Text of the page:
Tip: If you are still struggling, here are some other activities that can help you reflect on what is important to you.

  1. Write down 10-20 sentences about yourself. Look over them and see what they say about you. You might even like to share this list with your family.

    See an example here.

    1. I love spending time with my family
    2. I am happiest when I am outside, or looking through a window
    3. I get overwhelmed in rooms that are very cluttered
    4. I like to read, and listen to audiobooks
    5. I love my dog and miss him whenever I go on holidays
    6. I like to be in control, and always want to know what is going on around me
    7. I am scared of needles and the sight of blood
    8. I get satisfaction from helping others
    9. Yoga relaxes me
    10. If I don’t put on moisturiser, my skin feels tight
    11. I am worried about how my family would cope if I got sick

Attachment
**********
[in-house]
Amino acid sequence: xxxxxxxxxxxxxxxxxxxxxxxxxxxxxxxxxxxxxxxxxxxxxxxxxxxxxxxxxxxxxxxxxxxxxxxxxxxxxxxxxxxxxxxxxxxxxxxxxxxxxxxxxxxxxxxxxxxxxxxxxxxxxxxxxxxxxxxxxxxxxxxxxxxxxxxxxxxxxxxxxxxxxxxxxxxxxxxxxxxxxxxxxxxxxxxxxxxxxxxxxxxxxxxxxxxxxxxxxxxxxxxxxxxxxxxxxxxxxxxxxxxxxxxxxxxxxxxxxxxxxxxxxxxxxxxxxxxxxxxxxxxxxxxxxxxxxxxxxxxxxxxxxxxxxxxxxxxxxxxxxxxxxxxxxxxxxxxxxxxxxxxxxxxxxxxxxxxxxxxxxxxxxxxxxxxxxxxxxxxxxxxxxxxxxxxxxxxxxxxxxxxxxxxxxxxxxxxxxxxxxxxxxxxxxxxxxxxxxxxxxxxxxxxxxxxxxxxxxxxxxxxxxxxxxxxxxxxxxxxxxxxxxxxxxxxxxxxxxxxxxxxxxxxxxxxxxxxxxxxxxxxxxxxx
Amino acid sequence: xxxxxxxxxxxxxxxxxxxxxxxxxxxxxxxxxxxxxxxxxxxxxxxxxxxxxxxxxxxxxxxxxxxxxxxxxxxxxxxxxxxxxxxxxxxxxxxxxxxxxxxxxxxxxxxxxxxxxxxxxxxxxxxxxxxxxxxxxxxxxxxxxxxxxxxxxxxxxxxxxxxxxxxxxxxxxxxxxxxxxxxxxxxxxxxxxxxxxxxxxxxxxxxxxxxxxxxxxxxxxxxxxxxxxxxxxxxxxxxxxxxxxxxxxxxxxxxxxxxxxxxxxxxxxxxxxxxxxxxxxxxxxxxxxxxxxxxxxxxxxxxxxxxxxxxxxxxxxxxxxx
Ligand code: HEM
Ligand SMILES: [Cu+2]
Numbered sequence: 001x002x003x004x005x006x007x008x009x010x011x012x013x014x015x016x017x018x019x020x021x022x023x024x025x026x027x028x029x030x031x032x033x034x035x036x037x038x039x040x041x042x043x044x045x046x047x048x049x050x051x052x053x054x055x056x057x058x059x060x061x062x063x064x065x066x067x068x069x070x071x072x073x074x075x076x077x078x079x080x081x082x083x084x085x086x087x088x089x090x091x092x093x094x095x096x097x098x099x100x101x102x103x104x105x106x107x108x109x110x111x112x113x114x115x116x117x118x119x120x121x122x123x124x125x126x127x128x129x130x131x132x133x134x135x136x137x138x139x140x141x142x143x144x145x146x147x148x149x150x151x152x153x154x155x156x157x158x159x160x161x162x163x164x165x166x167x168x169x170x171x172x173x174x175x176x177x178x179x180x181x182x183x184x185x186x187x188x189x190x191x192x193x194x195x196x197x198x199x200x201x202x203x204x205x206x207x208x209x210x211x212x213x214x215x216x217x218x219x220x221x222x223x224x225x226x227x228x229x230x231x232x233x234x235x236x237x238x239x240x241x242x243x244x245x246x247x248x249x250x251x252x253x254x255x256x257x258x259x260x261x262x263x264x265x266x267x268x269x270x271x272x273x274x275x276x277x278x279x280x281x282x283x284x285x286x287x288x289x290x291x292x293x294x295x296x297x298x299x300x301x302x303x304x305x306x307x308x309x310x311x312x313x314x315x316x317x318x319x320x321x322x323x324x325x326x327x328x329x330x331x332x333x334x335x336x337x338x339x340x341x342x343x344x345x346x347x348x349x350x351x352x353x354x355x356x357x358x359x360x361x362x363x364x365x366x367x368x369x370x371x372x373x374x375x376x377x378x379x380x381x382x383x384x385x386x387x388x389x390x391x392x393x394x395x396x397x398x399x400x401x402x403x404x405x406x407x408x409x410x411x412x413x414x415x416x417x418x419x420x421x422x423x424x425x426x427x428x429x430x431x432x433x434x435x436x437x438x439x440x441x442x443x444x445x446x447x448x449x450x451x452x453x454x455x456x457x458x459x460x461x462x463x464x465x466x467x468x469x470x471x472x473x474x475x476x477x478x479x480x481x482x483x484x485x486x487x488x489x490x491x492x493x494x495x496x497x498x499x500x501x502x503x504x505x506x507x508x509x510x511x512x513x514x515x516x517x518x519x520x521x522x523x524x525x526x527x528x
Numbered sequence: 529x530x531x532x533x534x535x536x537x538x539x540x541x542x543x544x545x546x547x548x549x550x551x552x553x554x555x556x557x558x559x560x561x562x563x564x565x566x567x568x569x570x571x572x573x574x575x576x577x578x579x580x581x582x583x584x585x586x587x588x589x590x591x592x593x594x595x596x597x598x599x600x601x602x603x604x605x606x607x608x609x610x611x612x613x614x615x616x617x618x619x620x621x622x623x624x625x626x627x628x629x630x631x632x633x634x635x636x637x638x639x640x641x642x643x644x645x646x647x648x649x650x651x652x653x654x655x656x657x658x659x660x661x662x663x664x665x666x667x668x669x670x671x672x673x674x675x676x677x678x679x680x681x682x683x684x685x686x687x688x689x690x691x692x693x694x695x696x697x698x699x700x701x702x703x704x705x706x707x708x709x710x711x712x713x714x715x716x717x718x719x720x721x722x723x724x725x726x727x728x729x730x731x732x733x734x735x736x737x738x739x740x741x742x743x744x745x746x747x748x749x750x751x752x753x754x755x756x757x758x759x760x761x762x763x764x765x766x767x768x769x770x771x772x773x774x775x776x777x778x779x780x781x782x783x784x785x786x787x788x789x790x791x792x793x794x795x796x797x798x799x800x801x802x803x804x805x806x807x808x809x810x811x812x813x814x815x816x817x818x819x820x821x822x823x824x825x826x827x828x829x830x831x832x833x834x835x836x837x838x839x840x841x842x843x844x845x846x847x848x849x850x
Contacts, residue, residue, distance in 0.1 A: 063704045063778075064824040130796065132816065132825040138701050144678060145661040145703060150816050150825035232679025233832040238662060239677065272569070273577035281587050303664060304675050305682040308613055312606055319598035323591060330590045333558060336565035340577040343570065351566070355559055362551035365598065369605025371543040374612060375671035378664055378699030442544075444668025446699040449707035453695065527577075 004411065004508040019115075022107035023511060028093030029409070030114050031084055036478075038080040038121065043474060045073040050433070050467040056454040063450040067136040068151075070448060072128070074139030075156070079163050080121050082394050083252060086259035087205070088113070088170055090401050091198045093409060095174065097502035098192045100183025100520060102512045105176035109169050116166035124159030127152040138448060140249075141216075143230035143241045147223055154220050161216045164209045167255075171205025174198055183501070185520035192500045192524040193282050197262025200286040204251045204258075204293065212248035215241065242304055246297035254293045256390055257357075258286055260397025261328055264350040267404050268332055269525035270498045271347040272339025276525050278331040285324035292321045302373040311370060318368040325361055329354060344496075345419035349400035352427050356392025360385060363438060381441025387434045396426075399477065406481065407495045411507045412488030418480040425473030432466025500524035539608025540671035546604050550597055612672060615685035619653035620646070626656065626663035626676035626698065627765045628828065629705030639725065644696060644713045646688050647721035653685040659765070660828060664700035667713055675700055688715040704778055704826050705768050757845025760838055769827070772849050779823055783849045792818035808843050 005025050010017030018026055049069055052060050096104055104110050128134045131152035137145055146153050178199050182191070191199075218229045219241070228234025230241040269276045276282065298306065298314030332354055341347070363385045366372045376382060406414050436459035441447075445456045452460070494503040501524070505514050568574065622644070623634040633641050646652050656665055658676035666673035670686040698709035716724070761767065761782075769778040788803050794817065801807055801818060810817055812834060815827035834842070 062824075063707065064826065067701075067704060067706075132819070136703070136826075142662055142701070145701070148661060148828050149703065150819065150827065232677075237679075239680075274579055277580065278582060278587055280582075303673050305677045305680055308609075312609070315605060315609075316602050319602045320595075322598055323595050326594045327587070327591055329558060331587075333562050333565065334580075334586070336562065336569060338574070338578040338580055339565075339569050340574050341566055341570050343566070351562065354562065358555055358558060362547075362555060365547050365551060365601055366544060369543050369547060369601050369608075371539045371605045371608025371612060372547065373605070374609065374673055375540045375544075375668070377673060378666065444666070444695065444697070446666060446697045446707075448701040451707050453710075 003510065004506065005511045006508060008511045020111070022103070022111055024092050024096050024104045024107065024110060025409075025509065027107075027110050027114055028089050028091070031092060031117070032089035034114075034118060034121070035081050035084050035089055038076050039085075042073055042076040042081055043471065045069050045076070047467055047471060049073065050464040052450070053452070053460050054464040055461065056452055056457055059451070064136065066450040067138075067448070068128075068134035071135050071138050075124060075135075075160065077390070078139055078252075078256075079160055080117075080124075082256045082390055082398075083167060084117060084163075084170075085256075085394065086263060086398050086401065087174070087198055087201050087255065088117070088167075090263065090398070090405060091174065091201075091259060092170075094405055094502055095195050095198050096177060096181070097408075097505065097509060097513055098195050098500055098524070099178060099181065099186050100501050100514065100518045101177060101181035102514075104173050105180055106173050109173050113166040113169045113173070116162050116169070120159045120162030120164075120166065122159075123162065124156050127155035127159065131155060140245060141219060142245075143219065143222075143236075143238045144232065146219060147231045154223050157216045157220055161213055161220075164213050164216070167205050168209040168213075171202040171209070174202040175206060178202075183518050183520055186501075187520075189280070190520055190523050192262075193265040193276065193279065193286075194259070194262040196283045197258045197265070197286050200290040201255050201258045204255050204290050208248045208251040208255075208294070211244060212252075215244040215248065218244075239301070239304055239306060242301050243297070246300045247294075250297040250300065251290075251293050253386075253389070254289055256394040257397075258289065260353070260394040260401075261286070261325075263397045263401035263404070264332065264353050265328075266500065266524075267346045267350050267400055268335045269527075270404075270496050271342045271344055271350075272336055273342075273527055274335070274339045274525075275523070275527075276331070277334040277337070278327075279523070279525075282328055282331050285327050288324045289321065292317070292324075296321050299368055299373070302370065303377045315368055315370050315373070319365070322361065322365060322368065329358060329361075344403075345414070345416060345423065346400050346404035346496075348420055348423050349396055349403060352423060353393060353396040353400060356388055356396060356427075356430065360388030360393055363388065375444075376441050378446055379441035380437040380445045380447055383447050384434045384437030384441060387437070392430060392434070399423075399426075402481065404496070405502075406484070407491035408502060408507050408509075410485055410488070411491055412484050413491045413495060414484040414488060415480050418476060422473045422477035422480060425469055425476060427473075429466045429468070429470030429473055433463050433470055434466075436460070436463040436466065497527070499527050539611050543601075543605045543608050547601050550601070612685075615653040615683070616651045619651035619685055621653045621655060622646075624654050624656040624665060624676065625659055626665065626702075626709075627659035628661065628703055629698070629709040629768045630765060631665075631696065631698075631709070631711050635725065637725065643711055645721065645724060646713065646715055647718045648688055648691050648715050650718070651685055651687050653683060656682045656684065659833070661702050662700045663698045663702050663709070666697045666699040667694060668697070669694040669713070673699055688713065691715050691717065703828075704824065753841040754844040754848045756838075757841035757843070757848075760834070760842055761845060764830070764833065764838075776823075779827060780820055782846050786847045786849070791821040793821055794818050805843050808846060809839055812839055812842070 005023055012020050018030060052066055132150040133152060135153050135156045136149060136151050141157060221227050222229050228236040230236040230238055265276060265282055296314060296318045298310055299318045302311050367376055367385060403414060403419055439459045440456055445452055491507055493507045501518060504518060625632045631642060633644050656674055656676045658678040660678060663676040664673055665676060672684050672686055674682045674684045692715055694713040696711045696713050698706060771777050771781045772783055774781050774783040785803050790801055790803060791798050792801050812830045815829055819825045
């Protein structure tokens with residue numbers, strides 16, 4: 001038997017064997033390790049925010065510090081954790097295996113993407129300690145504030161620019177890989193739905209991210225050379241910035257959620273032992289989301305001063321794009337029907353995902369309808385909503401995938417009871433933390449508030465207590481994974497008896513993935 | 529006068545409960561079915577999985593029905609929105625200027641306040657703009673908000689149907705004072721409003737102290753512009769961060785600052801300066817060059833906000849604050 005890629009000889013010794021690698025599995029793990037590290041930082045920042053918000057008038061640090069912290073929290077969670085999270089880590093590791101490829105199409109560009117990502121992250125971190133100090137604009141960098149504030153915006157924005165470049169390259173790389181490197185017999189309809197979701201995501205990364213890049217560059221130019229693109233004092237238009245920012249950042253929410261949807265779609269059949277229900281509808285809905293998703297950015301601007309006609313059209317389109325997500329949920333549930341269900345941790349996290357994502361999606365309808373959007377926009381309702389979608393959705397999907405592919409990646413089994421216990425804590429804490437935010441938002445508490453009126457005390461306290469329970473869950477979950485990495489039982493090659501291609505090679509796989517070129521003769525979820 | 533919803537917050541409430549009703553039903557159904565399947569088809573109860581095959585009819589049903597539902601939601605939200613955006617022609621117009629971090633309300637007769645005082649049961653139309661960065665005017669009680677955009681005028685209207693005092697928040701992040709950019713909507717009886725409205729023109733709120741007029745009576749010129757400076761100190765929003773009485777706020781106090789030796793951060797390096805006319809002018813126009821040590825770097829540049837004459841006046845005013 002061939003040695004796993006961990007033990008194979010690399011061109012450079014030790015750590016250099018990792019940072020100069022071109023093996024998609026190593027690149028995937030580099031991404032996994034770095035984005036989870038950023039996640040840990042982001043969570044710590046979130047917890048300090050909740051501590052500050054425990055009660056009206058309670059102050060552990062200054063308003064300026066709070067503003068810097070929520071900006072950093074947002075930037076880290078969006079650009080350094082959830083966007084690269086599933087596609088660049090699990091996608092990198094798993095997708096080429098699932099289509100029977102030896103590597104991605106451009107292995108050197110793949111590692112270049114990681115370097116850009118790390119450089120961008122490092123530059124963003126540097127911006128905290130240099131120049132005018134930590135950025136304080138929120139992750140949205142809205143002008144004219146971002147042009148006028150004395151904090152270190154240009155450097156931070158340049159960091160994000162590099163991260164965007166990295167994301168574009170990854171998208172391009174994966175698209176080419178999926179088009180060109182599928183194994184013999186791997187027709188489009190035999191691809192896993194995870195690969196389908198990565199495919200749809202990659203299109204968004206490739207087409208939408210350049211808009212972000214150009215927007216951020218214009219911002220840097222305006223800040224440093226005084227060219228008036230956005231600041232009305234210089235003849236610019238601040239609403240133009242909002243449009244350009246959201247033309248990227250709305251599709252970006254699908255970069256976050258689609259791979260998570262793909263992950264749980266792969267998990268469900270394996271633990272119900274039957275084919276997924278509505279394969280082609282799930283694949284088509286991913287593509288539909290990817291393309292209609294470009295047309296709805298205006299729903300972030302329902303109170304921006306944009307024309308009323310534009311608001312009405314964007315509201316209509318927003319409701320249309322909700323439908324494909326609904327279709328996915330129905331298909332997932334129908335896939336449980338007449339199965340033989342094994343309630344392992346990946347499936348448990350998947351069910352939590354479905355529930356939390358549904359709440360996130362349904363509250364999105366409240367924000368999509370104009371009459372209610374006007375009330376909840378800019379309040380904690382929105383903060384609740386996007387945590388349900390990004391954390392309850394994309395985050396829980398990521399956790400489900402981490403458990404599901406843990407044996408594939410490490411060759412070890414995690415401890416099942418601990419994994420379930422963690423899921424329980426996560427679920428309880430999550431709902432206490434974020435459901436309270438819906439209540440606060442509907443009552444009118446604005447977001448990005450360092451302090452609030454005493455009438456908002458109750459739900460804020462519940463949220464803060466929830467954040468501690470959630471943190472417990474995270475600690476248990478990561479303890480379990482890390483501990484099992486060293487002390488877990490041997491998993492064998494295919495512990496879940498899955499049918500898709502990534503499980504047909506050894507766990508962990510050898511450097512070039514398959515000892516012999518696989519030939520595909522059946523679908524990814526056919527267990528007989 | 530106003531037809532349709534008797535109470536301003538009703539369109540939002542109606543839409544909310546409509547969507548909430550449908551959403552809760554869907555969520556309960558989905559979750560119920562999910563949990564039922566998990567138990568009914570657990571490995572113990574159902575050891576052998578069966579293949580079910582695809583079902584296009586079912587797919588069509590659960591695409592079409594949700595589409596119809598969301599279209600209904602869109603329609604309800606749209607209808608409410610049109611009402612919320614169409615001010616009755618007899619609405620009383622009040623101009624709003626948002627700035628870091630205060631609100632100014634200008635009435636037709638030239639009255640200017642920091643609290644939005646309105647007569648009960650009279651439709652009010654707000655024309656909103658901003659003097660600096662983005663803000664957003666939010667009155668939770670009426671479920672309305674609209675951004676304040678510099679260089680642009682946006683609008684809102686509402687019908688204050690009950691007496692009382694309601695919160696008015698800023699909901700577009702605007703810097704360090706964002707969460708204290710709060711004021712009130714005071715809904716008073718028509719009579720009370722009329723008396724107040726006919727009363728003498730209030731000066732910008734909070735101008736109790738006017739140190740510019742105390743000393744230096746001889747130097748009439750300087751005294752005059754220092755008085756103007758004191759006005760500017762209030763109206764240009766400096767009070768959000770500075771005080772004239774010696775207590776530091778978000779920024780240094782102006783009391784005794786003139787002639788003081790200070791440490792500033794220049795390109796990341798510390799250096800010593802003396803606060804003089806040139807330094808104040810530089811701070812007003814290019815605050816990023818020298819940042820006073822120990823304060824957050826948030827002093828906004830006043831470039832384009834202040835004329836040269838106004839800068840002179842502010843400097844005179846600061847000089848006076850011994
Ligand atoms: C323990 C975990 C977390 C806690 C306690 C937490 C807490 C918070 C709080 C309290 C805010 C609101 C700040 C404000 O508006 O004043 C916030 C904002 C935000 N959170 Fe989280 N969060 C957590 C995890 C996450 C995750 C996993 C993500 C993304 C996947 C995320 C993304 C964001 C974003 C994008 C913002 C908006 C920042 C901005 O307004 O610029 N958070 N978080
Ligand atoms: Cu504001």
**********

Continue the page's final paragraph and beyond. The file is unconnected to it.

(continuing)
12. I like listening to quiet classical music

    How does this help? Even this list can help others to make decisions about how to care for you if you were very sick. It tells me that you might like your dog to visit if you had to spend a long time in hospital. They might play classical music or audio tapes in your room. Making sure your family was cared for with meals and other support might ease your stress. Your doctor would know to provide you with very detailed information about options for your care, so that you would maintain some control over your life.

  2. List the three things that are most important to you in life. What are the things that you wouldn’t be happy living without?